Home Summer 2018

Summer 2018

Andrew Denton, CEO of the Outdoor Industries Association (OIA), discusses the potential outcomes of a customs partnership or a streamlined customs arrangement as post-Brexit negotiations continue

I’ve had good feedback on my article on Brexit featured in the last issue – apparently most of you are as confused as I am, trying to make sense of the options and navigate a commercially successful route through. As a remain or leave supporter, our industry needs to continue growing and selling outdoor gear worldwide and right now that is by no means a clear option!

The Brexit team are trying to get cabinet agreement on either a customs partnership or a streamlined customs arrangement with technology-based solutions, known as ‘maximum facilitation’, which sounds like something out of a dystopian future movie! Cabinet can’t agree on either, and the EU is saying that even if they can, there is no clear indication either would be acceptable to their side.

In case you’re interested, a customs partnership is the option closest to remaining in the customs union and involves us paying EU tariffs as standard but with the option to negotiate separate deals outside the EU, which could, potentially, offer rebates or additional deals via applying for a refund if your goods are eligible. Hardly sounds inspiring does it – more red tape regardless and does anyone really think people will be flooding to give us better deals than the largest trading block in the world…?

Alternative is the technology solution, a ‘frictionless trade boarder’ where tariffs and fees might differ and be charged higher or lower but with a technological solution – similar in a way to the Norway-Sweden borders perhaps, where no physical barriers exist but monitoring technology does instead. Think a super big version of the congestion charge?

The result is not dissimilar to the first solution with us having some option to negotiate our own deals, sort refunds or charges at a later date, but it mitigates the queues from Dover all the way to the M25 and takes the issue online to be a cyber paper pushing one not a lorry park at the docks. It has the added benefit of solving the Ireland border too.

The issues? The technology doesn’t exist yet, the UK would lead the world with this innovative solution.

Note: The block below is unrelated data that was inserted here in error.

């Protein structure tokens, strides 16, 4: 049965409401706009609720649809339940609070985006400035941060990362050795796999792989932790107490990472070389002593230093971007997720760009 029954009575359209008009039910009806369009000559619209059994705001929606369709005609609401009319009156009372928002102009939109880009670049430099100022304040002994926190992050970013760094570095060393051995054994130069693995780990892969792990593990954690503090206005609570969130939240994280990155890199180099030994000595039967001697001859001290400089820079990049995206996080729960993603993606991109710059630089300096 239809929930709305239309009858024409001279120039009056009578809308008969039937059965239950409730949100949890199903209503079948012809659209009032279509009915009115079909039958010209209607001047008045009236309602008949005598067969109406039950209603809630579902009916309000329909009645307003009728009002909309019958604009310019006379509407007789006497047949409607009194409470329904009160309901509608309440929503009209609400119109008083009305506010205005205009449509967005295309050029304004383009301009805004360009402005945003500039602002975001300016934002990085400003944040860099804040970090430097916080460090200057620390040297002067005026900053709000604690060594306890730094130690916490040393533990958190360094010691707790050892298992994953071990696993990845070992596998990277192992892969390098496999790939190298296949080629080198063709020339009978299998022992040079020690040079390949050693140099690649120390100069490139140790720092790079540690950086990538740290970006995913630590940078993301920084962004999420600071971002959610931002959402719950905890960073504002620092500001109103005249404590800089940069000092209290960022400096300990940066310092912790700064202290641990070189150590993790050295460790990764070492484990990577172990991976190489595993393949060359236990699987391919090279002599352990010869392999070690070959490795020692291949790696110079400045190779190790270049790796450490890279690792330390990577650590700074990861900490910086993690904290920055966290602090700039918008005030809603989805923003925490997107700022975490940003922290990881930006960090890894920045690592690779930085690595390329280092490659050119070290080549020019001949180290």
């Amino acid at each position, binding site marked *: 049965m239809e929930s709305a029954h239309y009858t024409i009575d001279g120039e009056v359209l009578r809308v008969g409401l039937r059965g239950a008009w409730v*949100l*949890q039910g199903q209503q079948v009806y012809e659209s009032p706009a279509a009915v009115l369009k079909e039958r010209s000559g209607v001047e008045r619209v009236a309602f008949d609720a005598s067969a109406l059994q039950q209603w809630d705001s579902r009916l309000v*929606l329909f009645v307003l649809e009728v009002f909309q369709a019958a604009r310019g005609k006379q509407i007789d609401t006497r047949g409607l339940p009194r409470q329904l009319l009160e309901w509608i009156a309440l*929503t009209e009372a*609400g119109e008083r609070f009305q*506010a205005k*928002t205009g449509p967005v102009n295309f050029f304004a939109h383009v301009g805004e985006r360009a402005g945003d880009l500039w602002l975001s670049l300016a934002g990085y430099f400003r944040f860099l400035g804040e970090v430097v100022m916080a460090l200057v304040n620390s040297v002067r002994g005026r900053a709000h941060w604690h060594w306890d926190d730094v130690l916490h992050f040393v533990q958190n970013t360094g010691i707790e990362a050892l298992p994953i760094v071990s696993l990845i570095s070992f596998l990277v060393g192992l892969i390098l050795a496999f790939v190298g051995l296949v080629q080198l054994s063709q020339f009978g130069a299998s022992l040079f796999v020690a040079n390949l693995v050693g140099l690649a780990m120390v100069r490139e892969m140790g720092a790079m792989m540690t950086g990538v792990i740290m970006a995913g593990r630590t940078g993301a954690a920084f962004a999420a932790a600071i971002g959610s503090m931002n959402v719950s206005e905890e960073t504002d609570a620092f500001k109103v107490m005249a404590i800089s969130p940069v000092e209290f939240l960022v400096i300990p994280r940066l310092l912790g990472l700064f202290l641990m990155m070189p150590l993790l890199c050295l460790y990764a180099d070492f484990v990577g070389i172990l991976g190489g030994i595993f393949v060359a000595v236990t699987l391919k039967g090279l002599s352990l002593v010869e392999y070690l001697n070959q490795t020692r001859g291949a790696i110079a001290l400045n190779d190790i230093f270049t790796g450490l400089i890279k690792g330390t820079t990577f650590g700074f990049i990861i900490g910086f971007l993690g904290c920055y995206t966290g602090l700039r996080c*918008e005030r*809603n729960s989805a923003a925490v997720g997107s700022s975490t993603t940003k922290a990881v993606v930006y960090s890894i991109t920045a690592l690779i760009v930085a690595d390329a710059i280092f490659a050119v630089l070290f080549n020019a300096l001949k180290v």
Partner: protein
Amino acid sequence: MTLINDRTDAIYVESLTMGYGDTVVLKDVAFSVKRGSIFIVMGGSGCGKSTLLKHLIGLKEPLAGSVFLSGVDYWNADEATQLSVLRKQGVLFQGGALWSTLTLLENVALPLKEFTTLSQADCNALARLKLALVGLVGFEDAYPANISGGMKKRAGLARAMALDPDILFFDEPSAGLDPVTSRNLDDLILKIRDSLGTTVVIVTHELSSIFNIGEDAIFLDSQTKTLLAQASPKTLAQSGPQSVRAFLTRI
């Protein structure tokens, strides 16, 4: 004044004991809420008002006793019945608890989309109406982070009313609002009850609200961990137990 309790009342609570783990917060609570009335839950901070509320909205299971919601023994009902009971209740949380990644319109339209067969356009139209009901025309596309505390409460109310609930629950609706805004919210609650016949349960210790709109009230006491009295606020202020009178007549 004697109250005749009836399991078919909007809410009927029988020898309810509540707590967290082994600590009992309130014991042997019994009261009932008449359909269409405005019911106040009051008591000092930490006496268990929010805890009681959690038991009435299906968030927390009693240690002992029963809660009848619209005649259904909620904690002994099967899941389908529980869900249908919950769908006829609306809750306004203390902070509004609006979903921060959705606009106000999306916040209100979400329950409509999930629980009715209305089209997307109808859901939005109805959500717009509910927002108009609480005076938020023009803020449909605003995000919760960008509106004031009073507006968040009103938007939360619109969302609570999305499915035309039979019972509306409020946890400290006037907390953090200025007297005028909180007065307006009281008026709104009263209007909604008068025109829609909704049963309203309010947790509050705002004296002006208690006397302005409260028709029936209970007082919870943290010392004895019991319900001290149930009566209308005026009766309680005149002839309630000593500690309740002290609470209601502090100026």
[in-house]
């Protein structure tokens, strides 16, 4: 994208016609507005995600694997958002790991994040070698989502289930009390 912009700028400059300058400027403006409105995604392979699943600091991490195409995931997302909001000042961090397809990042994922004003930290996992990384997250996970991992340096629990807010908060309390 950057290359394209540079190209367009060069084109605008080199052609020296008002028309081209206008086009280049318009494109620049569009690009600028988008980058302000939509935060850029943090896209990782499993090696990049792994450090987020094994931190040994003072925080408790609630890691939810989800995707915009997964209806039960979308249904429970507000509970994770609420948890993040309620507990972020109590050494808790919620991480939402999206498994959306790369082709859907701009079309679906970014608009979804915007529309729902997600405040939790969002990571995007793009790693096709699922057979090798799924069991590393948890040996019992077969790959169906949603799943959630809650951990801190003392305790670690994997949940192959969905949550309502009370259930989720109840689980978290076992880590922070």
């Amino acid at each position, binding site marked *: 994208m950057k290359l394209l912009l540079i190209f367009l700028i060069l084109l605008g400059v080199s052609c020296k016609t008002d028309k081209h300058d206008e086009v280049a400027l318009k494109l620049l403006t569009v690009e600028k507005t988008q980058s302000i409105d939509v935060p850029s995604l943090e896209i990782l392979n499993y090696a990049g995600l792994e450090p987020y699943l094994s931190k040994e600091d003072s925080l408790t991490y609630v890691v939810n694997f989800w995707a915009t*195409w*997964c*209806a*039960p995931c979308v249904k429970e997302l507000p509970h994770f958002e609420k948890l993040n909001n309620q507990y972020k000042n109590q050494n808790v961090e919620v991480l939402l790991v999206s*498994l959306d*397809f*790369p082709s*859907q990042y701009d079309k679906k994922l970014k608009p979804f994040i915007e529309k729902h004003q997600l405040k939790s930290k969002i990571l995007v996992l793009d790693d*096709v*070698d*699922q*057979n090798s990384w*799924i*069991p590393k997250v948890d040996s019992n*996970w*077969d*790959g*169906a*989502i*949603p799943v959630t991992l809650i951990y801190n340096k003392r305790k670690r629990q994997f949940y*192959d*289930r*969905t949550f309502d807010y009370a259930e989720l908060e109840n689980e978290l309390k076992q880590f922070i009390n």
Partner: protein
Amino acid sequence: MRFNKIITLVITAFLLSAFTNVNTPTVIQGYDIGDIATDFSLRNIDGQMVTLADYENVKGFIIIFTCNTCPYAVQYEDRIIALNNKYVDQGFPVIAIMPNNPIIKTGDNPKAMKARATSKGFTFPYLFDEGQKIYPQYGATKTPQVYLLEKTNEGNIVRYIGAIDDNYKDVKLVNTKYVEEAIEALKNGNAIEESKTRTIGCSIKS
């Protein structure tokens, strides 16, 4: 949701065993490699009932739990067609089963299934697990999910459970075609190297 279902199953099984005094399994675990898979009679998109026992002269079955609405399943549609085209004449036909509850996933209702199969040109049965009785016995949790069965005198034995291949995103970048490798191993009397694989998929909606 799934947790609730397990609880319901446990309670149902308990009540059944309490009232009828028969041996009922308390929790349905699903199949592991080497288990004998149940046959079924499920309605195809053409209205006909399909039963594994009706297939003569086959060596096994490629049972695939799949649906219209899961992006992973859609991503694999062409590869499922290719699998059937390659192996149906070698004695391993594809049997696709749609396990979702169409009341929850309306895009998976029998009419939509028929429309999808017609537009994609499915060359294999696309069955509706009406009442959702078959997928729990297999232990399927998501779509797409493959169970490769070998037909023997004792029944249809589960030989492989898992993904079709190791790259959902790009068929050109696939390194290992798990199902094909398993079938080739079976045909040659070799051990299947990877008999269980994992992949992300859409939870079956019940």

So it’s simple –  all we need to do is invent a new technology monitoring system that’s robust enough to meet the approval of the World Trade Organization (WTO), the EU and Ireland, implement it at our borders and test the system to the approval of all, then negotiate new separate trade deals with all the important trading countries, sort out the refund/charge gap between those new tariffs and the EU ones and Bob’s your uncle… except that will take years, maybe longer than this government has got in power and maybe longer than the post-Brexit extension period of grace.

I revert back to my last article – whatever the solution, it will be an extended fudge, a messy mix of compromises because the leave side will need to accept a close relationship with the EU, that probably includes similar, if not identical, tariffs and regulations, to preserve the trading benefits. Yet the remain side have to accept the vote demands independent institutions and border control. So, to give the impression of that border control, we will have to implement a huge new layer of bureaucracy over an almost identical set of EU tariffs and rules. It won’t even begin to answer the ‘spirit’ of the leave vote – less rules and regulations – it will just be a monumental fudge that the PM can point to and say, ‘We gave you independence’.

These macro issues are so far above what we can influence that it makes you feel powerless – what’s it got to do with my business? And of course, even the largest of our industry feels like that – heck the car industry feels like that. What we can do is make the best of it. Recent spending figures showed that in the top ten leisure spending areas income was down in seven of them – eating out, drinking out, entertainment – all down. What was up? Local holidays and active leisure. Riding a bike? Up. Taking the family for a walk or local holiday? Up. The more pressure the EU mess puts on the economy the more the inclination seems to be to stay local, get outdoors and try to forget about it – the economy may not be in great shape, but as an industry we are weathering it better than many. Of course, to benefit you need to be nimble and innovative – there are still plenty of stores and brands felling a very tough trading position out there, but there is no doubt that a positive trend for the UK getting outside is helping us. How you benefit from that is down to your commercial strategy.

Our latest OIA push to help? I have just confirmed a meeting with the Health Minister for next Friday – you may have read in the papers, often with Jamie Olivers name, the government are considering child obesity as an Ofsted measure. One of the OIA’s key lobby points is you should not be classed as an ‘outstanding’ school if your kids are not fit, healthy and active. It’s a small step, we hope to convince the Health Minister to not only measure obesity but to test a school on how active its kids are. Turning the tide of inactivity in the next generation – that’s one of the core values of the OIA. Let’s hope this tide is easier to turn than a new customs union! Write to me at andrew.denton@theoia.co.uk